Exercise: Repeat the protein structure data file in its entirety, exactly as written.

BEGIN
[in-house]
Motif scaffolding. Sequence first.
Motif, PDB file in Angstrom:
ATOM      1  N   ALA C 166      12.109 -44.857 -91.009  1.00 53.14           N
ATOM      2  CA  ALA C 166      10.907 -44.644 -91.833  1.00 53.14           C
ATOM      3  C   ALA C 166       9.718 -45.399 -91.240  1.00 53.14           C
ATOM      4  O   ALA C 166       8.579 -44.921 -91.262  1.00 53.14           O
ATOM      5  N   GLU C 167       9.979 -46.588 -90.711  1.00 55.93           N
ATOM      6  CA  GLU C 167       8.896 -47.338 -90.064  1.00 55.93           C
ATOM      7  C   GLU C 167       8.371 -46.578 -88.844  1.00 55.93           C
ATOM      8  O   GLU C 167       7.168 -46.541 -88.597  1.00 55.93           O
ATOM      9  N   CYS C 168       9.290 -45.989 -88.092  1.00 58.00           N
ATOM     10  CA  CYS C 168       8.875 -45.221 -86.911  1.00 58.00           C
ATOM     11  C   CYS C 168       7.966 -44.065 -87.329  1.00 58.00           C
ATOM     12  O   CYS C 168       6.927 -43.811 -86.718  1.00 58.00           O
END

[in-house]
Motif scaffolding. Sequence first.
Motif, PDB file in Angstrom:
ATOM      1  N   ALA C 166      12.109 -44.857 -91.009  1.00 53.14           N
ATOM      2  CA  ALA C 166      10.907 -44.644 -91.833  1.00 53.14           C
ATOM      3  C   ALA C 166       9.718 -45.399 -91.240  1.00 53.14           C
ATOM      4  O   ALA C 166       8.579 -44.921 -91.262  1.00 53.14           O
ATOM      5  N   GLU C 167       9.979 -46.588 -90.711  1.00 55.93           N
ATOM      6  CA  GLU C 167       8.896 -47.338 -90.064  1.00 55.93           C
ATOM      7  C   GLU C 167       8.371 -46.578 -88.844  1.00 55.93           C
ATOM      8  O   GLU C 167       7.168 -46.541 -88.597  1.00 55.93           O
ATOM      9  N   CYS C 168       9.290 -45.989 -88.092  1.00 58.00           N
ATOM     10  CA  CYS C 168       8.875 -45.221 -86.911  1.00 58.00           C
ATOM     11  C   CYS C 168       7.966 -44.065 -87.329  1.00 58.00           C
ATOM     12  O   CYS C 168       6.927 -43.811 -86.718  1.00 58.00           O